Mr. Cieslak agreed. “It’s not this big crushing burden that was thrust on us. We knew what we were getting into.” He has one brother in the Reserve and another who’s done two tours in Iraq.

Easing the departure was three months of pre-mobilization training in California and Mississippi, three weeks on, four days off.

“You go away for a few weeks, and they get used to it, and realize life will continue on their schedule,” Lt. Col. Cieslak said.

Building support

While Operation Enduring Freedom’s casualties are small in comparison to those in Iraq, no war zone is safe. So with job-specific technical training (as part of a 412th element known as Deployable Command Post Two, she’ll help oversee all U.S. forces conducting engineer operations in Afghanistan), Lt. Col. Cieslak this spring had to relearn basic soldiering skills: How to fire a gun, ride in a convoy, kick down a door without getting shot, provide basic first-aid to a wounded soldier. In February, she was promoted to lieutenant colonel, a rank accomplished by just 3 percent of reservists.

As she recounted to her children’s classmates when she visited Avonworth Elementary on April 6 in fatigues, she also got reacquainted with the Army Combat Uniform — and its 30 pounds of body armor and a 4-pound helmet.

The physical dangers of the job, though, aren’t what keep her up at night. “They’re just too big,” she said. “How could you?”

She worries instead about sharing extremely small living quarters with two other women — built for 300, the base in Kabul currently houses 1,200 soldiers — and whether she’s in good enough shape, both physically and mentally, to do the job.

Also gnawing at the back of her mind: Am I going to learn my job quickly enough so that I don’t put others’ lives in danger?

She finds relief in knowing the Army is the best trained and equipped military in the world, and that soldiers very quickly get into a routine. New for this tour was the suicide prevention class she had to take three times during training, including at 4:30 a.m. the day of her deployment. While the Army has provided more support to soldiers, some still get lost: the number of Army reservists and National Guard members who killed themselves more than doubled in one year to 145 in 2010.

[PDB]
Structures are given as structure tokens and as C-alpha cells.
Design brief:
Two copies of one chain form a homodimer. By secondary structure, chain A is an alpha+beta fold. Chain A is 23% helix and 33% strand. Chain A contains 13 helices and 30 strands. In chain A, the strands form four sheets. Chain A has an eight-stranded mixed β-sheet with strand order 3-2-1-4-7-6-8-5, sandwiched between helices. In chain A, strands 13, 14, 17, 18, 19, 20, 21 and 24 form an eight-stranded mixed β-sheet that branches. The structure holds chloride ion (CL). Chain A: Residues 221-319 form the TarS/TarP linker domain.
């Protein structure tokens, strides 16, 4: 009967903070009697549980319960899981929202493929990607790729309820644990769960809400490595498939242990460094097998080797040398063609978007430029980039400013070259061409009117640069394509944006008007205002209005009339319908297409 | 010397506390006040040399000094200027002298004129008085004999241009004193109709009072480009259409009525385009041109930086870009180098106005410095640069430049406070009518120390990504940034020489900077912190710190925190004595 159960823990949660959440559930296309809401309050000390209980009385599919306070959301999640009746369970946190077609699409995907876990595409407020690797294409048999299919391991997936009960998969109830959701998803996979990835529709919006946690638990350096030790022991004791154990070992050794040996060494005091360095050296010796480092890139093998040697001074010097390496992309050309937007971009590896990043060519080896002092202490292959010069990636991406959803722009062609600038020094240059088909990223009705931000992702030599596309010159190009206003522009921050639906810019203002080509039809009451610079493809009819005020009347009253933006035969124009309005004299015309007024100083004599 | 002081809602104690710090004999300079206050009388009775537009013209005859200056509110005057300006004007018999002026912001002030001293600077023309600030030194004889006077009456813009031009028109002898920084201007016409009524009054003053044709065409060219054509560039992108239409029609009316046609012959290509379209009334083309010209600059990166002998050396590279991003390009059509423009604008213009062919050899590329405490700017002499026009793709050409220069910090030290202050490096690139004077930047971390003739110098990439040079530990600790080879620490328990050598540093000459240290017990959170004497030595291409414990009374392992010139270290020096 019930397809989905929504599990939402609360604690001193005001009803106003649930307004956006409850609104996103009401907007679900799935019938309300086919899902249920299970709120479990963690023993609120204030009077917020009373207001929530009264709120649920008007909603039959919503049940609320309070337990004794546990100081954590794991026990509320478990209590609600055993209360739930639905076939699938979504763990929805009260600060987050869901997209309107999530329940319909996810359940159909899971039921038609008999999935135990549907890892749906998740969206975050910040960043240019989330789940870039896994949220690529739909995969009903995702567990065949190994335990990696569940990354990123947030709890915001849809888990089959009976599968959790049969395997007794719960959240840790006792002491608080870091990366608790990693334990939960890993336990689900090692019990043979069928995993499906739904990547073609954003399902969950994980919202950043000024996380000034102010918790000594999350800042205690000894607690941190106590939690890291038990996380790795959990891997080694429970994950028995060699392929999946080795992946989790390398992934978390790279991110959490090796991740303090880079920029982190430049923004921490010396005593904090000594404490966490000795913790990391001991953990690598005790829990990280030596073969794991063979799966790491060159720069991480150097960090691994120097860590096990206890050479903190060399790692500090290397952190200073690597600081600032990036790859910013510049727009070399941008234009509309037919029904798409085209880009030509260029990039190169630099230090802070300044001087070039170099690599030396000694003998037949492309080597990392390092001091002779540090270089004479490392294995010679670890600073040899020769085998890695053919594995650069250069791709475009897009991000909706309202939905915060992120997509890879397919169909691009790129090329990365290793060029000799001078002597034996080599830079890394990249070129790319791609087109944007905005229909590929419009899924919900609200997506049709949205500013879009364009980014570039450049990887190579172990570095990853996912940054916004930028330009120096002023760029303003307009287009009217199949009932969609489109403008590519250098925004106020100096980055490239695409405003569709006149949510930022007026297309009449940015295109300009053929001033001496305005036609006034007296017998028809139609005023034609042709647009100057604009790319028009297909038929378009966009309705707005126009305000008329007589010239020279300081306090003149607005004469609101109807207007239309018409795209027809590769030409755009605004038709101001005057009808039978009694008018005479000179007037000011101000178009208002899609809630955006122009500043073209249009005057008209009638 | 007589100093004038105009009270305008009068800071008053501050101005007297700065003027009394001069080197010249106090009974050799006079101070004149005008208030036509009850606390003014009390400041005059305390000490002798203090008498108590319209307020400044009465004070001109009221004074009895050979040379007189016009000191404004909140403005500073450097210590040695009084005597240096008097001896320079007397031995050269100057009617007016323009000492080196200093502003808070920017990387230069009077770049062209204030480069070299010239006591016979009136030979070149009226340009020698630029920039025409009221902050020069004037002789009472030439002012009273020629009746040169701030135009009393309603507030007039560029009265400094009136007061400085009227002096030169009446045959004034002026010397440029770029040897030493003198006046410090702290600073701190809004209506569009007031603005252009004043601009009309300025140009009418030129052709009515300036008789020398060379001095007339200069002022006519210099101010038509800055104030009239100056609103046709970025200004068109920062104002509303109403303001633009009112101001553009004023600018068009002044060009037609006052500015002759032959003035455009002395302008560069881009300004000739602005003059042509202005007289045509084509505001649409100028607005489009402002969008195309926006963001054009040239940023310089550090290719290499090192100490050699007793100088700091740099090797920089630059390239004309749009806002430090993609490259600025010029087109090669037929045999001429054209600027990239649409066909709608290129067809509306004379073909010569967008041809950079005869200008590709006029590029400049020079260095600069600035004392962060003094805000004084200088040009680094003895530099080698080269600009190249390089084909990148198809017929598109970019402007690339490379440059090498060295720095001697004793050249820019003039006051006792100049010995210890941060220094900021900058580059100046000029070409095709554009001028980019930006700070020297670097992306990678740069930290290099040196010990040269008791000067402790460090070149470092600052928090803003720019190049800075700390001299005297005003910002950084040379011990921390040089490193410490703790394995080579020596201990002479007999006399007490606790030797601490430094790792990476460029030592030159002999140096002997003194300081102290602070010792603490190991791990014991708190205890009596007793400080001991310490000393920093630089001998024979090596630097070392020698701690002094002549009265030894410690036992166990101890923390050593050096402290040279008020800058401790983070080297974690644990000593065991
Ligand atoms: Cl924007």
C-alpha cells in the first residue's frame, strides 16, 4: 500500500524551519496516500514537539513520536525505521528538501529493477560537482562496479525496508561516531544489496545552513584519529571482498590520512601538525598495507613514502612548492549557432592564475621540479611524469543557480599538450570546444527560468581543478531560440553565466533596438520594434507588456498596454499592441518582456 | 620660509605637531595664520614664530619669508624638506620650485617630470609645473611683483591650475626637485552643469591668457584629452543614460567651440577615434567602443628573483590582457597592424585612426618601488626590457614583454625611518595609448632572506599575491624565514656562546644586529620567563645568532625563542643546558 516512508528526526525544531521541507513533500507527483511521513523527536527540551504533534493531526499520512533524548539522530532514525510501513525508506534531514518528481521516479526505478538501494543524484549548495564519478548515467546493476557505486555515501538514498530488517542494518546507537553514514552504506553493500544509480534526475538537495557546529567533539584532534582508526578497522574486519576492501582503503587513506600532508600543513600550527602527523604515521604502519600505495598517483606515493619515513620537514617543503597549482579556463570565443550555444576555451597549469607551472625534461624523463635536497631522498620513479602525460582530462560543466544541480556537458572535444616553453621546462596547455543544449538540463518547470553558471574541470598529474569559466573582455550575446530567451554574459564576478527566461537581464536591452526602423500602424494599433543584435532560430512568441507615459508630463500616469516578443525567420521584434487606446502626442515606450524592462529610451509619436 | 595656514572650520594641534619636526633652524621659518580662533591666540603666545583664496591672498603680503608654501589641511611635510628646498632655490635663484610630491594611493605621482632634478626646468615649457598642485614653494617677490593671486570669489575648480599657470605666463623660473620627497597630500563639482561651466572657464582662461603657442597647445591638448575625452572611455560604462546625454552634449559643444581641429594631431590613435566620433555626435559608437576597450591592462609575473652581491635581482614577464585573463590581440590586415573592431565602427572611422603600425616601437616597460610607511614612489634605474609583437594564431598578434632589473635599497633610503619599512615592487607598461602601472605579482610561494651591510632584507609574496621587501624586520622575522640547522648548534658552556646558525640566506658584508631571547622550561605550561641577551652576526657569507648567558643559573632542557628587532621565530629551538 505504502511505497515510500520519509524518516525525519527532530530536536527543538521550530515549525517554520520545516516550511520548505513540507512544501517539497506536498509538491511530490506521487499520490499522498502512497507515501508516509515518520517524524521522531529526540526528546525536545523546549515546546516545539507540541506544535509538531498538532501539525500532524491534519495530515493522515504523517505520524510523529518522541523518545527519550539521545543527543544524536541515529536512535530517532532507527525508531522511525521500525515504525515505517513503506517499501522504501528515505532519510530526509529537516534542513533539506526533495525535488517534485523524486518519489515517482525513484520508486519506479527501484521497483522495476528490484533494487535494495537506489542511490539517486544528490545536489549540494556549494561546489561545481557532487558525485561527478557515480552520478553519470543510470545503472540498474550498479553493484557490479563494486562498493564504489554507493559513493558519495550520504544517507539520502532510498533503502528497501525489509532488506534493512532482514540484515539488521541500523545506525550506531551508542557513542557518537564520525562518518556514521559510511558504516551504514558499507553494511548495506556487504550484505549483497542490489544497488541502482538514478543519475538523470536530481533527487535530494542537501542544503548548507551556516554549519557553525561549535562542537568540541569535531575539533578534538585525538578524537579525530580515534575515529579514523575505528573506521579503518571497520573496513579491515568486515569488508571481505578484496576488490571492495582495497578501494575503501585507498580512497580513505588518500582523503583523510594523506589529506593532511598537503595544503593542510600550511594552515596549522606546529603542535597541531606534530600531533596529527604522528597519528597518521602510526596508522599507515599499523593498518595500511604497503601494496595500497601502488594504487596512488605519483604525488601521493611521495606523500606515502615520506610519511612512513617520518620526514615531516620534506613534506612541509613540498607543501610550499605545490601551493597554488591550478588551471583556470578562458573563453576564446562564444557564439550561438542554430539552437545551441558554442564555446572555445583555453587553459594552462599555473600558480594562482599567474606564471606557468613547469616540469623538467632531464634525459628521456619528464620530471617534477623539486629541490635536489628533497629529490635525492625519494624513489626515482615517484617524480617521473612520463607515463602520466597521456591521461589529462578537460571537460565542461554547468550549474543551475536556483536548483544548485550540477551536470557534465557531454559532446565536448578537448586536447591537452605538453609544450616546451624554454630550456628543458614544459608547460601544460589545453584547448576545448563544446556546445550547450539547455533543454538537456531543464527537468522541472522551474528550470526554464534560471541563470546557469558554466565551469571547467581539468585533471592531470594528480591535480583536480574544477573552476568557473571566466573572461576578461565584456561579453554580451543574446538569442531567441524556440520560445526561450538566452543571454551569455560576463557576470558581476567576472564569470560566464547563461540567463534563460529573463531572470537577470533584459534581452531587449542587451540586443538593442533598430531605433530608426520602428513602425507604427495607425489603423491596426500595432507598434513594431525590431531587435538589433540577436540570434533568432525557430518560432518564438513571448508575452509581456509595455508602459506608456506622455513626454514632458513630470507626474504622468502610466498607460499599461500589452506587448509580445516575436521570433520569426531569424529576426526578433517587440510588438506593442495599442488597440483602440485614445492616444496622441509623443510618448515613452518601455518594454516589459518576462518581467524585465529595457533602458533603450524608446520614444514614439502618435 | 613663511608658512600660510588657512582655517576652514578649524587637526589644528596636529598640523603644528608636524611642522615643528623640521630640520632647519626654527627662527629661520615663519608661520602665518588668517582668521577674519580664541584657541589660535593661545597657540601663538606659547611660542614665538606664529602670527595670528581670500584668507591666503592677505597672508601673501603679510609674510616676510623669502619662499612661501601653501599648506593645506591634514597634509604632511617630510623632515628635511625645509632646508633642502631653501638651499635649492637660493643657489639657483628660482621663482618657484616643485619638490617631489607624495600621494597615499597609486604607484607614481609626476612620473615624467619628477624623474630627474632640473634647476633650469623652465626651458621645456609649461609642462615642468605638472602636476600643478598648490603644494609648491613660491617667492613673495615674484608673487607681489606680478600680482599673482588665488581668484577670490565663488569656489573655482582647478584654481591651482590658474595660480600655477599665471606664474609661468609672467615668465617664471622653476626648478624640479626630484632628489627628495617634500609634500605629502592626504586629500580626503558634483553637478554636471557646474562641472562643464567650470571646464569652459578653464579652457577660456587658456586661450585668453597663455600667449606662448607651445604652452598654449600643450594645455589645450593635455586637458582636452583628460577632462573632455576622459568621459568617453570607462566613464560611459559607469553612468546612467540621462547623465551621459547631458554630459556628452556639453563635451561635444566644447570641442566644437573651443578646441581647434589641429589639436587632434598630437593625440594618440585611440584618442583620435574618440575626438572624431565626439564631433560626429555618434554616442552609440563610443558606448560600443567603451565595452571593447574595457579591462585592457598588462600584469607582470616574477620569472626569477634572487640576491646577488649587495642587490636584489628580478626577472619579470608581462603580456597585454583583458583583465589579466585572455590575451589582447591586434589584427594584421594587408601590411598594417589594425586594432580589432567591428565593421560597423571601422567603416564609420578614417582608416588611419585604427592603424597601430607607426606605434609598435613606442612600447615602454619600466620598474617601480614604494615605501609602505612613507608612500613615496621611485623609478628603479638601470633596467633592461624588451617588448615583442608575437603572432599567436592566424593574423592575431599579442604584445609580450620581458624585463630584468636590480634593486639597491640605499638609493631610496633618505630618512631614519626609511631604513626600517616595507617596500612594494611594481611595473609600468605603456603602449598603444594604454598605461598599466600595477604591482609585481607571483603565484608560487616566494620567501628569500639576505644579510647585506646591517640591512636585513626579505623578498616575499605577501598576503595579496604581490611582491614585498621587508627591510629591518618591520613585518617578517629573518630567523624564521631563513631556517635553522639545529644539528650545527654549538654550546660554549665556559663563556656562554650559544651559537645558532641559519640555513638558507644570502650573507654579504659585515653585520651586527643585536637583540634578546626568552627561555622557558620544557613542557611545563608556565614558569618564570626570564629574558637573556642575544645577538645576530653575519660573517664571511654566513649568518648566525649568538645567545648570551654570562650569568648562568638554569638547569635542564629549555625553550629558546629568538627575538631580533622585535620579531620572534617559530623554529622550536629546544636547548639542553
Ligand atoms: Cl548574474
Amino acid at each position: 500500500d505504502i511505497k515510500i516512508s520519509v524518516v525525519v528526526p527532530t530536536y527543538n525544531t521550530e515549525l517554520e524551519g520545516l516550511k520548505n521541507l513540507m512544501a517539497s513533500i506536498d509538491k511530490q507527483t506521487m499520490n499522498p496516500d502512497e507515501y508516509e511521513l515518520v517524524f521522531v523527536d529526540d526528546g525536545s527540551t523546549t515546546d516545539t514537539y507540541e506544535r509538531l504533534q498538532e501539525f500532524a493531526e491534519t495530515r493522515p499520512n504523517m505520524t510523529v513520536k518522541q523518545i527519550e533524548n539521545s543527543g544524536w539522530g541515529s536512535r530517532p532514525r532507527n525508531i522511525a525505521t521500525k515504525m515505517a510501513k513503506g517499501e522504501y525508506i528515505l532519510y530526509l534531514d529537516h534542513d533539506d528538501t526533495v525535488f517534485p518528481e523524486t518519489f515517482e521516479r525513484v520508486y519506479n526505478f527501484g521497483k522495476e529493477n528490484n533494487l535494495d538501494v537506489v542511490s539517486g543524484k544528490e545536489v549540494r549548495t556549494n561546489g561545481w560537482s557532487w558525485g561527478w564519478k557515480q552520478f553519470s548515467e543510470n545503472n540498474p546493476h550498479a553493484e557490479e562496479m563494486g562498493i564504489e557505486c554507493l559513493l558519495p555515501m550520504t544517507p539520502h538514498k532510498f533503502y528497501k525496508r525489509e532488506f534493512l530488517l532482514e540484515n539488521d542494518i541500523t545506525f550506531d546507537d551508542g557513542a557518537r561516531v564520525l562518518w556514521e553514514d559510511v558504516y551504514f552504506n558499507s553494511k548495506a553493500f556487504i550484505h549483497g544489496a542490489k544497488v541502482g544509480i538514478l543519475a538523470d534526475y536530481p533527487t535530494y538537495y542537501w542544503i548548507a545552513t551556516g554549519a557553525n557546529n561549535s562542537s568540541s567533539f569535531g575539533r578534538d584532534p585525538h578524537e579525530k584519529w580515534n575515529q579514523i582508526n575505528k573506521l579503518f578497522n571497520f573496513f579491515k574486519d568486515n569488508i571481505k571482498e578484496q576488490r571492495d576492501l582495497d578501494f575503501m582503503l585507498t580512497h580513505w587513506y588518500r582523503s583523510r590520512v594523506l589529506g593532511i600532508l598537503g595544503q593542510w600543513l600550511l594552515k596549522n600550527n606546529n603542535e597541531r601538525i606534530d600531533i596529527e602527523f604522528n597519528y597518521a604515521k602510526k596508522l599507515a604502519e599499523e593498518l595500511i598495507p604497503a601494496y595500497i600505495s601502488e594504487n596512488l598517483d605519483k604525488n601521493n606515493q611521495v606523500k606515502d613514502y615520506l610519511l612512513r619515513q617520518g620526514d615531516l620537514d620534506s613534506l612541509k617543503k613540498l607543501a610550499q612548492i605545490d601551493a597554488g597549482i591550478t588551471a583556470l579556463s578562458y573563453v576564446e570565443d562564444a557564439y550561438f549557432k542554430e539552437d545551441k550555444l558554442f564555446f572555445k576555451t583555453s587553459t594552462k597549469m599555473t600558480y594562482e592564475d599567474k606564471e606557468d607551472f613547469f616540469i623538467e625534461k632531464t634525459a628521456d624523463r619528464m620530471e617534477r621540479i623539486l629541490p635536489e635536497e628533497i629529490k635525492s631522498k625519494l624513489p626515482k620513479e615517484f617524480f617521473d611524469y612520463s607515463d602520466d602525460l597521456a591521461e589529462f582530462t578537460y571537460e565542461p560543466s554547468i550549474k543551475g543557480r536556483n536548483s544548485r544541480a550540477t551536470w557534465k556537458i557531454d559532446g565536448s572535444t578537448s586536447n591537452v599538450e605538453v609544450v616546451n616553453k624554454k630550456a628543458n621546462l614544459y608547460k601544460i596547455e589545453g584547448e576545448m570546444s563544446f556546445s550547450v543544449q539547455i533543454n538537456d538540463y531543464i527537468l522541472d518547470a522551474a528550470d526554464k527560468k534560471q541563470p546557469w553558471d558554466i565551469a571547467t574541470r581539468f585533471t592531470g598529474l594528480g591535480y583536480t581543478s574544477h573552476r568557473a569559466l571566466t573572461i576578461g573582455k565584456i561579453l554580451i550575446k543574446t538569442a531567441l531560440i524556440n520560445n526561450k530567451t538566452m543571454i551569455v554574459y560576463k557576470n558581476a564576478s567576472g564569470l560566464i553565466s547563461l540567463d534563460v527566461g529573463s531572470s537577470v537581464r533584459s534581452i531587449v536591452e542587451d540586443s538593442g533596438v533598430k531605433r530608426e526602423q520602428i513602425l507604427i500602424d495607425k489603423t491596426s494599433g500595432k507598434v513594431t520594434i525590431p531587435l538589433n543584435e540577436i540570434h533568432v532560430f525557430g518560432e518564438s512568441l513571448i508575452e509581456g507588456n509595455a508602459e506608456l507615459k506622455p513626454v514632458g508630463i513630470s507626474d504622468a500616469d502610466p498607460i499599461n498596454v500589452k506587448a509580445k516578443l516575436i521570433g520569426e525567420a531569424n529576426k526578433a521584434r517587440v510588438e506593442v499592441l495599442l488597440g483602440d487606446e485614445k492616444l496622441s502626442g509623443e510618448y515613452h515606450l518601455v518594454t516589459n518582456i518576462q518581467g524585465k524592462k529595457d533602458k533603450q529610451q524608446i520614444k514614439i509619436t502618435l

In some ways, it’s easier being the person deployed than the one who stays at home, she said, because for the next year she’ll be wearing only one hat (soldier) instead of that of mother, wife, business owner and reservist.

“You’re focused, and busy,” she said. “You quickly start counting the days.”

And when she needs someone to talk her off the ledge? One of the reasons Lt. Col. Cieslak’s family came with her to Vicksburg, at their own expense, was so they could meet her “battle buddy,” Maj. Tracy Coleman, whom she’s known for almost as long as she’s been in the Reserve. This is the person who will tell her when she needs to take a break, and remind her everything is going to be OK.

“It’s a high-stress environment,” said Maj. Coleman, also a civil engineer who has kids about the same age as her friend. “You can forget to rest or look back to family.”

“I try to keep in mind a quote a friend told me: ‘Bloom where you are planted,’ ” agreed Lt.  Col. Cieslak.

Also providing support is a close-knit circle of neighbors in Ben Avon, which threw her a big going-away party on April 2 at a local coffeehouse. Lt. Col. Cies­lak likens the group to a “warm embrace.”

Skype and Facebook will make staying in touch easier than during her last deployment.

When she arrives in Afghanistan sometime this week, she’ll have some 380 days to go. But she’ll also have, from Johnny, his kisses.